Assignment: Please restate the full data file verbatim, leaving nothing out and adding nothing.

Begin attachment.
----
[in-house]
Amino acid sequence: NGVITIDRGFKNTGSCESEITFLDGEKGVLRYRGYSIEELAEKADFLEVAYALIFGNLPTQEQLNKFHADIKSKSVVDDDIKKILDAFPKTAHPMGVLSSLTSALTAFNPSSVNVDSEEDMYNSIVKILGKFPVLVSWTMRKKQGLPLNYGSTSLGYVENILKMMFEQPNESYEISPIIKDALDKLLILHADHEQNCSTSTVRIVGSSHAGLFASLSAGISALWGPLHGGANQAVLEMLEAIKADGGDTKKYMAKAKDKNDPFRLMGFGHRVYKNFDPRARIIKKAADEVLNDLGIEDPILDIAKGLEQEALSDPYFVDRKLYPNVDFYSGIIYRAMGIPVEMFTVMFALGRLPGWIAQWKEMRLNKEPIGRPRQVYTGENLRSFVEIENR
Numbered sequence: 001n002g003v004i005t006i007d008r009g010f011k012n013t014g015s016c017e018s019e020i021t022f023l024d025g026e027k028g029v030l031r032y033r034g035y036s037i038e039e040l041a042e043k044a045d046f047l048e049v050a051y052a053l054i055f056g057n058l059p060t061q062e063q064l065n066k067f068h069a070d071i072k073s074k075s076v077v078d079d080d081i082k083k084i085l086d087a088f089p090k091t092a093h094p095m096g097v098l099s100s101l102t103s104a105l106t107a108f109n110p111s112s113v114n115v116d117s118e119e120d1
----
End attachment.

[in-house]
Amino acid sequence: NGVITIDRGFKNTGSCESEITFLDGEKGVLRYRGYSIEELAEKADFLEVAYALIFGNLPTQEQLNKFHADIKSKSVVDDDIKKILDAFPKTAHPMGVLSSLTSALTAFNPSSVNVDSEEDMYNSIVKILGKFPVLVSWTMRKKQGLPLNYGSTSLGYVENILKMMFEQPNESYEISPIIKDALDKLLILHADHEQNCSTSTVRIVGSSHAGLFASLSAGISALWGPLHGGANQAVLEMLEAIKADGGDTKKYMAKAKDKNDPFRLMGFGHRVYKNFDPRARIIKKAADEVLNDLGIEDPILDIAKGLEQEALSDPYFVDRKLYPNVDFYSGIIYRAMGIPVEMFTVMFALGRLPGWIAQWKEMRLNKEPIGRPRQVYTGENLRSFVEIENR
Numbered sequence: 001n002g003v004i005t006i007d008r009g010f011k012n013t014g015s016c017e018s019e020i021t022f023l024d025g026e027k028g029v030l031r032y033r034g035y036s037i038e039e040l041a042e043k044a045d046f047l048e049v050a051y052a053l054i055f056g057n058l059p060t061q062e063q064l065n066k067f068h069a070d071i072k073s074k075s076v077v078d079d080d081i082k083k084i085l086d087a088f089p090k091t092a093h094p095m096g097v098l099s100s101l102t103s104a105l106t107a108f109n110p111s112s113v114n115v116d117s118e119e120d1